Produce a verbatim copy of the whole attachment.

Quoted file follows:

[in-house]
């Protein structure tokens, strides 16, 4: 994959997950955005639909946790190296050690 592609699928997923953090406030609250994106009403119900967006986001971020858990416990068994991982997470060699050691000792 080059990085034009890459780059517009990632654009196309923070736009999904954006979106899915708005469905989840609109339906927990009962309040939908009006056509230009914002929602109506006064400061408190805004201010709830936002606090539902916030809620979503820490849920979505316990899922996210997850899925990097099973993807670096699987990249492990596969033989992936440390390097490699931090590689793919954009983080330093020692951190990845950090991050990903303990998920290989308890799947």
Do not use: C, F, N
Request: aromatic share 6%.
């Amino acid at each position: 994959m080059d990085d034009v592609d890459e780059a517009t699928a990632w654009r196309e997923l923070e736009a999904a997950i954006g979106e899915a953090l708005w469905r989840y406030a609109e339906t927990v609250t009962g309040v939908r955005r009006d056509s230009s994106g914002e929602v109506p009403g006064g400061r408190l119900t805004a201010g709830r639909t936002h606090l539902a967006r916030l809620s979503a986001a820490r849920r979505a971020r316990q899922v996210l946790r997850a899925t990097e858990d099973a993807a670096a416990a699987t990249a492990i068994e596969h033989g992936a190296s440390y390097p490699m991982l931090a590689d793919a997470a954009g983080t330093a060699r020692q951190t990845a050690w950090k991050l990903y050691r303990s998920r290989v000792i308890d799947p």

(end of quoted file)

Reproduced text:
[in-house]
């Protein structure tokens, strides 16, 4: 994959997950955005639909946790190296050690 592609699928997923953090406030609250994106009403119900967006986001971020858990416990068994991982997470060699050691000792 080059990085034009890459780059517009990632654009196309923070736009999904954006979106899915708005469905989840609109339906927990009962309040939908009006056509230009914002929602109506006064400061408190805004201010709830936002606090539902916030809620979503820490849920979505316990899922996210997850899925990097099973993807670096699987990249492990596969033989992936440390390097490699931090590689793919954009983080330093020692951190990845950090991050990903303990998920290989308890799947």
Do not use: C, F, N
Request: aromatic share 6%.
């Amino acid at each position: 994959m080059d990085d034009v592609d890459e780059a517009t699928a990632w654009r196309e997923l923070e736009a999904a997950i954006g979106e899915a953090l708005w469905r989840y406030a609109e339906t927990v609250t009962g309040v939908r955005r009006d056509s230009s994106g914002e929602v109506p009403g006064g400061r408190l119900t805004a201010g709830r639909t936002h606090l539902a967006r916030l809620s979503a986001a820490r849920r979505a971020r316990q899922v996210l946790r997850a899925t990097e858990d099973a993807a670096a416990a699987t990249a492990i068994e596969h033989g992936a190296s440390y390097p490699m991982l931090a590689d793919a997470a954009g983080t330093a060699r020692q951190t990845a050690w950090k991050l990903y050691r303990s998920r290989v000792i308890d799947p």